The best treatment is to not introduce these pests to your tank in the first place. There are several approaches one can take, with QT of each coral the absolute best. However, most people do not have the facilities to isolate each coral separate from all others and thus various commercial dips and treatments have been developed. Unfortunately there are no dips on the market capable of killing the eggs of either species and these kill only the adults. Thus, it is strongly recommended to observe any untoward creatures that are released from the coral during a dip, as opposed to presuming the coral is safe to add to the tank. As an alternative to chemical dips I have often used cold tank water as a simple non-stressful method to remove potential parasites. Should you wish to do this, take some tank water and place it in a jug in the refrigerator for a few hours. The new or infected coral is then dipped and swirled in this water for about 30 seconds or so. During this time, the cold stuns the parasites and the agitation forces them to release from the coral. The coral is then placed back to a holding tank. Once done, I will check the cold water and look for any pests I can see. In general there will be small shrimp, bristle worms and other benign flora, but any nudibranchs (or other pests) will be readily spotted. If no pests are spotted it is likely that the coral is not infected, however if suspect nudibranchs are observed you are now better armed to deal with the potential threat. Should you be unfortunate to spot a nudibranch- of any kind- consider it a pest. The first step to eradication is to kill the adults to prevent further damage. The cold water dip will certainly help, but something a little more toxic such as one of the proprietary treatments on the market is recommended. There are many to choose from and most work well on adults, but any visible egg masses need to be removed by hand. Thus a series of dips spaced over several days to weeks are recommended before one can be confident (but never sure) of eradication. Please note- chemical dips are likely to be stressful to your coral so exercise as much caution as possible when performing repeated dip treatments. Besides proprietary solutions, there are reports from the literature that suggest levamisole treatment kills adults, but can also damage corals. Another option is potassium permanganate treatment which also kills adults but with minimal impact to the coral. This chemical requires care in its handling and an exact dosage needs to be used. With all of these treatments, it is strongly recommended that a great deal of research is done before use.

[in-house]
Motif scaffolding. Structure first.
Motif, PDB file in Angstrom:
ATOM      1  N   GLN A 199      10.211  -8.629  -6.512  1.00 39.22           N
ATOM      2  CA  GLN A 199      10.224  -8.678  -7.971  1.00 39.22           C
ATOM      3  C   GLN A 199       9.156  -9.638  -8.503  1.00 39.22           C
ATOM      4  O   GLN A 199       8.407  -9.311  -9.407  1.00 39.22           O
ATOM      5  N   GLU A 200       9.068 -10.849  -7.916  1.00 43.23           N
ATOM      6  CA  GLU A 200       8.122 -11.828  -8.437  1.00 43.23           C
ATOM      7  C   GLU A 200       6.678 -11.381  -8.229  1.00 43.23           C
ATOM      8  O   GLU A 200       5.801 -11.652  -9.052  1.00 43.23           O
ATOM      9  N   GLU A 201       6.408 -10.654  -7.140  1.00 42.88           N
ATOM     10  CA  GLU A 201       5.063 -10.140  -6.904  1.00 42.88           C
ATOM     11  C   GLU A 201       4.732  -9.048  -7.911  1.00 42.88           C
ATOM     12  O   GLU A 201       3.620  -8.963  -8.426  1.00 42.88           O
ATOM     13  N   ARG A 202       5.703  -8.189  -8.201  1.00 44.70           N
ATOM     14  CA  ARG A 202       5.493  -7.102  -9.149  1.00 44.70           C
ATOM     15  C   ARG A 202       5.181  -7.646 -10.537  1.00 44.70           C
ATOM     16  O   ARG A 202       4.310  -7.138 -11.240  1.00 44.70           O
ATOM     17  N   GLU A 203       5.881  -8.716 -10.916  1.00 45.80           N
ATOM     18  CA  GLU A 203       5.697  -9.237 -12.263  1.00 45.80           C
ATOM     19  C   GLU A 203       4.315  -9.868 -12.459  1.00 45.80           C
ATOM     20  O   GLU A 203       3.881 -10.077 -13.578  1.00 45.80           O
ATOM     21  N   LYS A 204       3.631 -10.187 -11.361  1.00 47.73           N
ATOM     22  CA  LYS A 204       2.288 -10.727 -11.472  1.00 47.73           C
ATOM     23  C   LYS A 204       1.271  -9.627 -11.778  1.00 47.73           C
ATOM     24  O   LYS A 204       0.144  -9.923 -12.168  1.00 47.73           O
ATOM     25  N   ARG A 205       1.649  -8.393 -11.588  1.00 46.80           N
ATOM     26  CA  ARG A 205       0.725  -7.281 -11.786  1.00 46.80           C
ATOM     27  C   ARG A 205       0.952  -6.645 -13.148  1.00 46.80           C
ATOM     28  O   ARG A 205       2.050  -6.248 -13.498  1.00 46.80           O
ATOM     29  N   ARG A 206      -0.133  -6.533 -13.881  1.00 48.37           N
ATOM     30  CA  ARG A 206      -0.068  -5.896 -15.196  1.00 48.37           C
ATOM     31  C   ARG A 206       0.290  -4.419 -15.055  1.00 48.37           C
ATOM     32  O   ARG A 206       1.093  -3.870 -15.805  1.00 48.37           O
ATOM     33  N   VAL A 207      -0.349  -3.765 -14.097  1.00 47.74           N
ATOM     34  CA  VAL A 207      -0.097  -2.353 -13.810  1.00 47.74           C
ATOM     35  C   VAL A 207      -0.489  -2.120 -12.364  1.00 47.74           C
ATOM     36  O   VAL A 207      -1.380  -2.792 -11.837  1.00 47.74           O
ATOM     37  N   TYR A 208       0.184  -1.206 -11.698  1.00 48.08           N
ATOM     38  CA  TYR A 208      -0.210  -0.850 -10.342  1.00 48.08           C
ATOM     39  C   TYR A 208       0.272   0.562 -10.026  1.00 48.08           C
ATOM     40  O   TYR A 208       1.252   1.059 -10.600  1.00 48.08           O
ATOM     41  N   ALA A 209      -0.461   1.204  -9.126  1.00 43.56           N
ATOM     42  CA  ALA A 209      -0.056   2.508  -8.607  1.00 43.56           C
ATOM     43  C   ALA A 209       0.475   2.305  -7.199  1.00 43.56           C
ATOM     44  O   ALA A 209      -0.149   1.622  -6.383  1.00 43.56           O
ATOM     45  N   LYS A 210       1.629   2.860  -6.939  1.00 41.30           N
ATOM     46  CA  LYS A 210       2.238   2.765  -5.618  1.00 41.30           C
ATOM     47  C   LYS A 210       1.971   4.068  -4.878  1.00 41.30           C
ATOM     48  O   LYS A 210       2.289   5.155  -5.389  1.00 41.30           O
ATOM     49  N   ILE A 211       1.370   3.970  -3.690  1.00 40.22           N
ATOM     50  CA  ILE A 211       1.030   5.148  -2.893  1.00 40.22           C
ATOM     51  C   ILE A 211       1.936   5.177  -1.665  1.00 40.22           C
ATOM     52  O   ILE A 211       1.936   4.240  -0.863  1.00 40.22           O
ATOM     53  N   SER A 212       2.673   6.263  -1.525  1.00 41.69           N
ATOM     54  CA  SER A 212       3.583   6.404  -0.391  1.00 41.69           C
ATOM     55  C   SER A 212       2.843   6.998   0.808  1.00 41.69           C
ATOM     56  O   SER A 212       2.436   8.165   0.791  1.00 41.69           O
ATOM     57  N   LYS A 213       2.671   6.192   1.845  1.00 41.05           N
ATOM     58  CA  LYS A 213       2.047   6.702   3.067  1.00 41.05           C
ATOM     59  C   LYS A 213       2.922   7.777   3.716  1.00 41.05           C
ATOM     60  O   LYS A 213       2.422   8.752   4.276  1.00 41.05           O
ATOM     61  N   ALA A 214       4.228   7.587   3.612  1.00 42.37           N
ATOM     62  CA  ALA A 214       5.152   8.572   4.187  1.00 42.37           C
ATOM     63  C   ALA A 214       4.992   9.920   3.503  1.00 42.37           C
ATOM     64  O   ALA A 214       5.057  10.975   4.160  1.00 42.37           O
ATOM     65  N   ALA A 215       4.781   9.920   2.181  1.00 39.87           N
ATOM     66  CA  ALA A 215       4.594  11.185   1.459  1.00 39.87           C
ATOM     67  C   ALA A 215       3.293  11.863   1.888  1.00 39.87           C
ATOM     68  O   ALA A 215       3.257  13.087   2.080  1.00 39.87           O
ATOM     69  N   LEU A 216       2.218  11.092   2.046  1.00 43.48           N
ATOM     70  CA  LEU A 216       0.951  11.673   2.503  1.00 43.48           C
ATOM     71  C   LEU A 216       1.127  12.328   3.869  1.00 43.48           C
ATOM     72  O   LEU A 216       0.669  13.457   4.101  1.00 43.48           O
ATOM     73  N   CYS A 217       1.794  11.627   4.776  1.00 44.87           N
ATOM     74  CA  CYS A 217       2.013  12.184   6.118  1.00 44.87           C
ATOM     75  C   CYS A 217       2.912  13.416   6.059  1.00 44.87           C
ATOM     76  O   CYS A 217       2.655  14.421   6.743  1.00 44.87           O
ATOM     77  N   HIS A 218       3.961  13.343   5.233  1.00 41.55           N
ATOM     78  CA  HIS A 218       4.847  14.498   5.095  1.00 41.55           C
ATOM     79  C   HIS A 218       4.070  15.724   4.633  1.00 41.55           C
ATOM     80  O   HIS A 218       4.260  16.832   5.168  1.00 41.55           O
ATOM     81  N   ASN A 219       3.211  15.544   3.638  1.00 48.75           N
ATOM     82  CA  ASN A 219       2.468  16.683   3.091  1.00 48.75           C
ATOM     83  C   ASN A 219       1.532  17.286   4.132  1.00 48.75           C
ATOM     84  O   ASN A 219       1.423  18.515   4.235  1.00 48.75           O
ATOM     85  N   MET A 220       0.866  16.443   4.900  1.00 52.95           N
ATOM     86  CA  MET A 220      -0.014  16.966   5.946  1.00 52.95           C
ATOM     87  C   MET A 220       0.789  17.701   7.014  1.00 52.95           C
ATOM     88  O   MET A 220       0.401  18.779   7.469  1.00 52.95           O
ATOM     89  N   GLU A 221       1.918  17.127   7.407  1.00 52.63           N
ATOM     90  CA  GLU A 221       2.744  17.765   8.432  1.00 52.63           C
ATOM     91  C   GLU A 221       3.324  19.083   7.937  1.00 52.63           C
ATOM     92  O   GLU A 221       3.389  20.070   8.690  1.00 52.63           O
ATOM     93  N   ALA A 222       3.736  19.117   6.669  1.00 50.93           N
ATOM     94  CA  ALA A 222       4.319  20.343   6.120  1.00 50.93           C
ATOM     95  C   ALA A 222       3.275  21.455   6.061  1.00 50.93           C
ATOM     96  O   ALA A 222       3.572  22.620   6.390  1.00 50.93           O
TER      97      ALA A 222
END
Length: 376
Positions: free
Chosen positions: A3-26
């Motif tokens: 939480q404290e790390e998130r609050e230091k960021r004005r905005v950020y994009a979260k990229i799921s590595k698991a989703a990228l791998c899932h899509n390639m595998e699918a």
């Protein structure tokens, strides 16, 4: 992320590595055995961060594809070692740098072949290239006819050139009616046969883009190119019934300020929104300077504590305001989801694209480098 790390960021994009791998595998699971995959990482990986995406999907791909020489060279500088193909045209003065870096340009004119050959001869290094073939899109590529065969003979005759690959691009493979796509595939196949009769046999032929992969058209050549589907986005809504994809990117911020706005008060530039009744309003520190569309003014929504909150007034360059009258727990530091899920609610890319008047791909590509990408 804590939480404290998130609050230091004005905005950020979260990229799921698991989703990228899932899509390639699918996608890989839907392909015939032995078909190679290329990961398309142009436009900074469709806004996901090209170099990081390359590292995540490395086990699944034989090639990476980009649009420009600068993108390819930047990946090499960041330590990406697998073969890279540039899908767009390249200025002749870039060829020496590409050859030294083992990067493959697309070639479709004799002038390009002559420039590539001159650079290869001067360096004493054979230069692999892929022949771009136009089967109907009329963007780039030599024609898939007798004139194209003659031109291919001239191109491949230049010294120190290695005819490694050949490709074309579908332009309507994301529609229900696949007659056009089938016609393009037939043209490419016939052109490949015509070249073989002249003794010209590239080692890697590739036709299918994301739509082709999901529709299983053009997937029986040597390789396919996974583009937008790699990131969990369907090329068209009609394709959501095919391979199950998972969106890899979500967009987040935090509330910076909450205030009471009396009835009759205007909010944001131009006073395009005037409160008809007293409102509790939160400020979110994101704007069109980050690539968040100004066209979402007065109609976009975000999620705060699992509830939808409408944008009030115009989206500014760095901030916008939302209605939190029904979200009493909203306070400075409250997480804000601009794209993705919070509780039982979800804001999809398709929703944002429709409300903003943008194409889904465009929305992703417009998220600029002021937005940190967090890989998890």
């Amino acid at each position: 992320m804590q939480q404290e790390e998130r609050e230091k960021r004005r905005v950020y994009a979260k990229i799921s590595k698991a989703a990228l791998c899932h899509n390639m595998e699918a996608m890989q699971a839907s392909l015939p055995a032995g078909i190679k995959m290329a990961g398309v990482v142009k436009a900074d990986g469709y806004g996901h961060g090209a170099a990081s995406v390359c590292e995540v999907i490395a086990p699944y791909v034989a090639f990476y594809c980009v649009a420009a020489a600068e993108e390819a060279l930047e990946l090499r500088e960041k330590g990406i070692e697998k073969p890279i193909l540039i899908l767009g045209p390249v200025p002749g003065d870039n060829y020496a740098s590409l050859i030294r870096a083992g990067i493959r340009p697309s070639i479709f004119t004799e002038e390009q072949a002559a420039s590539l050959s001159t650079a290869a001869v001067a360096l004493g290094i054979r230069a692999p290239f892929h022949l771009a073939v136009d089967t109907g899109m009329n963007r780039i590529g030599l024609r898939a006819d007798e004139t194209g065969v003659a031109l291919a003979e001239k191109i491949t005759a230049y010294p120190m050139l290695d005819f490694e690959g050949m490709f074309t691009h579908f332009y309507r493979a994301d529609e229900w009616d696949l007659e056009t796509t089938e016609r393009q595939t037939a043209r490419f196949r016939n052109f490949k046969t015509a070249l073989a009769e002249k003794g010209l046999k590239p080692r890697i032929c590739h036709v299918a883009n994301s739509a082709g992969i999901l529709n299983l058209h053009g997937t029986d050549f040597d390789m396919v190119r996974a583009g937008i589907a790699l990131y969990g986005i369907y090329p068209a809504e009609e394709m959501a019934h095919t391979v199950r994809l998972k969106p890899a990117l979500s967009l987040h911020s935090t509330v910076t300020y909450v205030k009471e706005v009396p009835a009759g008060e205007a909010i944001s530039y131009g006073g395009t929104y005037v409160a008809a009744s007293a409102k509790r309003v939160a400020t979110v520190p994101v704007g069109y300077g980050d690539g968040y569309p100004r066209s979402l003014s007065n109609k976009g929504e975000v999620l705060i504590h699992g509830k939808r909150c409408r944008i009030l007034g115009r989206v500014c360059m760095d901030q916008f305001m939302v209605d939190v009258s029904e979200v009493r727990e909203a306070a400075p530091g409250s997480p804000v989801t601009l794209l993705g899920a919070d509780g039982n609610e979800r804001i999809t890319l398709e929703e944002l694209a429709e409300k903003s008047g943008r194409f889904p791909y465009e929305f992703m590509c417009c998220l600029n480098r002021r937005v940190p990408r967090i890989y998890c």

While prevention is the ideal, it is not often apparent that an issue exists until a coral looks damaged. By then it is unlikely that the coral has encrusted on the rockwork and removal and cleaning of the coral is no longer an option. It is also likely that other corals in the tank may be asymptomatically infested with these predators. In this scenario two options are available. The first requires fragging all of the individual corals you wish to keep, at areas with no visible signs of damage. Where possible, select areas which have no live rock attached. Each frag needs to be treated as if it were a new specimen and dipped prior to moving to a QT system. The main display tank is then stripped of the remaining coral that may be affected by the suspected pest and allowed to go fallow for several weeks to several months. As nudibranchs only feed on one thing, any that remain in the tank will die in this period. The surviving, pest-free frags can be returned. While this process is drastic, it is the approach most likely to succeed.

    Montipora eating nudibranch damage

    Another option is to live with the pests and keep the population to a minimum using a combination of biological and mechanical control of the pests. Should you adopt this approach, taking frags of all the affected coral is still advisable should the long-term plan fail. Once the choice pieces are fragged, a program of systematic eradication can be attempted. In the case of the MEN, the approach is made easier by the highly visible parasite. This is not the case with the ZEN. For both, it is important to remove as many adults as possible and keep the population to a minimum. This is best done by observing the tank at night as both pests are nocturnal and zoanthids are more likely to be closed. Arm yourself with a siphon tube, toothpicks, tweezers and a flashlight. Ordinarily a red LED flashlight is the ideal tool for observing nocturnal shenanigans- but in this case a bright light is required to clearly illuminate the scene.